Be very careful. If you don't give that injury enough respect, it can get worse and threaten your playing for a very long time. In addition to the many suggestions, here's one..........If you have decent insurance, see a hand specialist to rule out anything more serious than just a little tendonitis. Then receive some physical therapy to strengthen the supporting muscles to prevent it from happening again. Please listen to the other suggestion about making sure you are using proper hand position, a major cause of avoidable hand and wrist problems like yours. Good luck.

GregRay
12-26-2013, 06:20 AM
i strum with my right hand, so its my right hand

For what it's worth, I just starting playing the ukulele in early November and, within two weeks, developed tendonitis in my left forearm (fretting hand). For anyone who has ever had "tennis elbow", it is essentially the same type of pain. In my case, I've assumed it is from using muscles (and the associated tendons) that were not getting much use. It seems to be gradually getting better.

coolkayaker1
12-26-2013, 09:54 AM
I second everything that Jackwhale has written in his post below and suggest rereading that post for anyone with a similar issue.

I have also found rest (i.e. stop playing) to be a critical step in recovery, and technique to be a critical factor in preventing recurrence. Fat necked ukuleles (e.g. Pono) seems to have some relationship to tendonitis issues (ie. more tendonitis with fatter necks) based on what others have written.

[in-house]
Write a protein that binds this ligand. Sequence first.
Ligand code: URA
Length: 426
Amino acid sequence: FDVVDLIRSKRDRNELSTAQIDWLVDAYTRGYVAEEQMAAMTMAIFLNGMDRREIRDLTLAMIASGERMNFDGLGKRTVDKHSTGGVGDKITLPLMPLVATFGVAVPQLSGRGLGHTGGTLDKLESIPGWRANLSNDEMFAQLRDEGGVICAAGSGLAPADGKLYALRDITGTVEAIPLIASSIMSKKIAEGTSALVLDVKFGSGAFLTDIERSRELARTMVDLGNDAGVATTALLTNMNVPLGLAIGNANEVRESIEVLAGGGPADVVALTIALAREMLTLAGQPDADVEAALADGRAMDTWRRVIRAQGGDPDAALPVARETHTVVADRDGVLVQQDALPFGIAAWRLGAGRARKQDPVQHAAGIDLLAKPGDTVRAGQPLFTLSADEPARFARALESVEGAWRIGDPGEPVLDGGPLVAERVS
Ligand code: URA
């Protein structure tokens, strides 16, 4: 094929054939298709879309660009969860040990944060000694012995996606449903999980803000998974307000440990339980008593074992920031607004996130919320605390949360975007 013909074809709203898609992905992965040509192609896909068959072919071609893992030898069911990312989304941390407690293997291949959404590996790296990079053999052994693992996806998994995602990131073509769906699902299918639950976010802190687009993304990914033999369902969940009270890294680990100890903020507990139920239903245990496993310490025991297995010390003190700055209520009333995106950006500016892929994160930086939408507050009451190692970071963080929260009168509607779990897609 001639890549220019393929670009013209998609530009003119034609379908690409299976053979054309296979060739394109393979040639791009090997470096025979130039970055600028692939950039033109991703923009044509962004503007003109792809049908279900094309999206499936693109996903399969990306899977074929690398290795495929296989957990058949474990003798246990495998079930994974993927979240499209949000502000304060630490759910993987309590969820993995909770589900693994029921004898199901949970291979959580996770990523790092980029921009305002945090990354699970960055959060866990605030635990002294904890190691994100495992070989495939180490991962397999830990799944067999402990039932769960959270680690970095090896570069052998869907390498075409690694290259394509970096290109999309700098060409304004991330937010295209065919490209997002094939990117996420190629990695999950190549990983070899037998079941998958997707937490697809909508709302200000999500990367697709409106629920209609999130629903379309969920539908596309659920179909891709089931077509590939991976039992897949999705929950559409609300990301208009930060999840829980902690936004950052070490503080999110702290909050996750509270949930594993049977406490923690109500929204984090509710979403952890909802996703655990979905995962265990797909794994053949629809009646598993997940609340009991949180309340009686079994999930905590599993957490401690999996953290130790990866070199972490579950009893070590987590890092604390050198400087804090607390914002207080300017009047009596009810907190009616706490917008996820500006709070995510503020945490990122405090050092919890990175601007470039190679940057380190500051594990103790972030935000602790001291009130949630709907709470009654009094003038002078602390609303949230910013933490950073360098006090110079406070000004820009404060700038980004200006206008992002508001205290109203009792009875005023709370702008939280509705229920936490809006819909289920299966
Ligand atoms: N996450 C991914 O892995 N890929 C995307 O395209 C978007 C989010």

Again, Jackwhale Jon's advice is excellent.

mm stan
12-26-2013, 09:58 AM
I am no doctor, but I would not push it as mentioned before...go and see a doctor and let it heal..
check to see if your neck is too wide or thick..also get a set up for and drop the action.....good luck and happy strummings..

Captain America
12-26-2013, 05:14 PM
Folks, here's my affidavit:

I bought a new tennis racquet about a year ago: a couple of the same model. i've used the same model for the past 15 years or so, but wanted to move on.

(a) since it was new, I wanted to play as much as I could, so I played a LOT more tennis, but continued playing squash as well;

(b) the new frame was slightly heavier than the one it was to replace;

(c) it had a lower swingweight, so I was overpronating, particularly on the backhand;